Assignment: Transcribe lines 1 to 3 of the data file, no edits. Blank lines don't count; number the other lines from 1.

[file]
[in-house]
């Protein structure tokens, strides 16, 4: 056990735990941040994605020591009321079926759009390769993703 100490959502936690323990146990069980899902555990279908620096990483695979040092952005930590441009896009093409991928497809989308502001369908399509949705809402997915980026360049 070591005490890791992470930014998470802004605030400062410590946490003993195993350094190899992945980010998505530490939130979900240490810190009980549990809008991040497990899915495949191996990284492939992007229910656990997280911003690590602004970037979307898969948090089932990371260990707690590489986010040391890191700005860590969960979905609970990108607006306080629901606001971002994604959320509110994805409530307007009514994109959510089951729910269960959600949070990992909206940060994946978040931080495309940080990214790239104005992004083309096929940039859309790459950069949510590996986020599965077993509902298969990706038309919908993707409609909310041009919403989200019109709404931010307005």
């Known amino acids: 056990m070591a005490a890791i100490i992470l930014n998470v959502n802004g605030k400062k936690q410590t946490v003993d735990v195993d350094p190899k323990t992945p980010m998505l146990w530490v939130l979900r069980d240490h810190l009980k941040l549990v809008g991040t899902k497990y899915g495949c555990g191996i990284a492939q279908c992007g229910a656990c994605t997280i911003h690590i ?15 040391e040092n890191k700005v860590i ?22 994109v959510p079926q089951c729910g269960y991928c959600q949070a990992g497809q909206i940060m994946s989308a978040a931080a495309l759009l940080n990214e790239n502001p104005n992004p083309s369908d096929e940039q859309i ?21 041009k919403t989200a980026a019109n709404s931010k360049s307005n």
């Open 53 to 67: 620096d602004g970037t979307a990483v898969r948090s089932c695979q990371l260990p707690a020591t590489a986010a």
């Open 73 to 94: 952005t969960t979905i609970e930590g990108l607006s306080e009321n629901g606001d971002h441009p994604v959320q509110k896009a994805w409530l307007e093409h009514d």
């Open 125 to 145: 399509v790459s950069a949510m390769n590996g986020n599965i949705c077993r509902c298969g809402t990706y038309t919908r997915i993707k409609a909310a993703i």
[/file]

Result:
[in-house]
């Protein structure tokens, strides 16, 4: 056990735990941040994605020591009321079926759009390769993703 100490959502936690323990146990069980899902555990279908620096990483695979040092952005930590441009896009093409991928497809989308502001369908399509949705809402997915980026360049 070591005490890791992470930014998470802004605030400062410590946490003993195993350094190899992945980010998505530490939130979900240490810190009980549990809008991040497990899915495949191996990284492939992007229910656990997280911003690590602004970037979307898969948090089932990371260990707690590489986010040391890191700005860590969960979905609970990108607006306080629901606001971002994604959320509110994805409530307007009514994109959510089951729910269960959600949070990992909206940060994946978040931080495309940080990214790239104005992004083309096929940039859309790459950069949510590996986020599965077993509902298969990706038309919908993707409609909310041009919403989200019109709404931010307005």
């Known amino acids: 056990m070591a005490a890791i100490i992470l930014n998470v959502n802004g605030k400062k936690q410590t946490v003993d735990v195993d350094p190899k323990t992945p980010m998505l146990w530490v939130l979900r069980d240490h810190l009980k941040l549990v809008g991040t899902k497990y899915g495949c555990g191996i990284a492939q279908c992007g229910a656990c994605t997280i911003h690590i ?15 040391e040092n890191k700005v860590i ?22 994109v959510p079926q089951c729910g269960y991928c959600q949070a990992g497809q909206i940060m994946s989308a978040a931080a495309l759009l940080n990214e790239n502001p104005n992004p083309s369908d096929e940039q859309i ?21 041009k919403t989200a980026a019109n709404s931010k360049s307005n």